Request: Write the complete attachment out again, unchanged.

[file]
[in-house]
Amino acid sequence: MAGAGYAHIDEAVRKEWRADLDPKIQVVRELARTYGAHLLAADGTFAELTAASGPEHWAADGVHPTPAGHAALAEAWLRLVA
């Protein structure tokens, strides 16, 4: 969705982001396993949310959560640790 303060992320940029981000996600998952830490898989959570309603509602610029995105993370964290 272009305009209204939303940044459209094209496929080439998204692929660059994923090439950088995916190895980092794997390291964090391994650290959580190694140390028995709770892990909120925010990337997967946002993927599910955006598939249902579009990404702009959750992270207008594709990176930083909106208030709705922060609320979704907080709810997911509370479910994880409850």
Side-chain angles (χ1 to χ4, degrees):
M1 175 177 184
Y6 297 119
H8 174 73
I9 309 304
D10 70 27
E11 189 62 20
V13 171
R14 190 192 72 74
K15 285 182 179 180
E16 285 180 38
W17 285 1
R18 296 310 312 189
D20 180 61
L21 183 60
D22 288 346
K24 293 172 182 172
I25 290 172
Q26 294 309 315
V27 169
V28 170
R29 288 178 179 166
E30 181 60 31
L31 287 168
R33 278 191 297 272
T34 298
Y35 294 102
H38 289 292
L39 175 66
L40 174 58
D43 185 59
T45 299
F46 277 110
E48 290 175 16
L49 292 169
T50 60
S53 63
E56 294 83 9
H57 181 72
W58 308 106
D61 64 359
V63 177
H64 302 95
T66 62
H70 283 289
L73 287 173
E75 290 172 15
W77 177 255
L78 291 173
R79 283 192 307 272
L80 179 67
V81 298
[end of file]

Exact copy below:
[in-house]
Amino acid sequence: MAGAGYAHIDEAVRKEWRADLDPKIQVVRELARTYGAHLLAADGTFAELTAASGPEHWAADGVHPTPAGHAALAEAWLRLVA
């Protein structure tokens, strides 16, 4: 969705982001396993949310959560640790 303060992320940029981000996600998952830490898989959570309603509602610029995105993370964290 272009305009209204939303940044459209094209496929080439998204692929660059994923090439950088995916190895980092794997390291964090391994650290959580190694140390028995709770892990909120925010990337997967946002993927599910955006598939249902579009990404702009959750992270207008594709990176930083909106208030709705922060609320979704907080709810997911509370479910994880409850």
Side-chain angles (χ1 to χ4, degrees):
M1 175 177 184
Y6 297 119
H8 174 73
I9 309 304
D10 70 27
E11 189 62 20
V13 171
R14 190 192 72 74
K15 285 182 179 180
E16 285 180 38
W17 285 1
R18 296 310 312 189
D20 180 61
L21 183 60
D22 288 346
K24 293 172 182 172
I25 290 172
Q26 294 309 315
V27 169
V28 170
R29 288 178 179 166
E30 181 60 31
L31 287 168
R33 278 191 297 272
T34 298
Y35 294 102
H38 289 292
L39 175 66
L40 174 58
D43 185 59
T45 299
F46 277 110
E48 290 175 16
L49 292 169
T50 60
S53 63
E56 294 83 9
H57 181 72
W58 308 106
D61 64 359
V63 177
H64 302 95
T66 62
H70 283 289
L73 287 173
E75 290 172 15
W77 177 255
L78 291 173
R79 283 192 307 272
L80 179 67
V81 298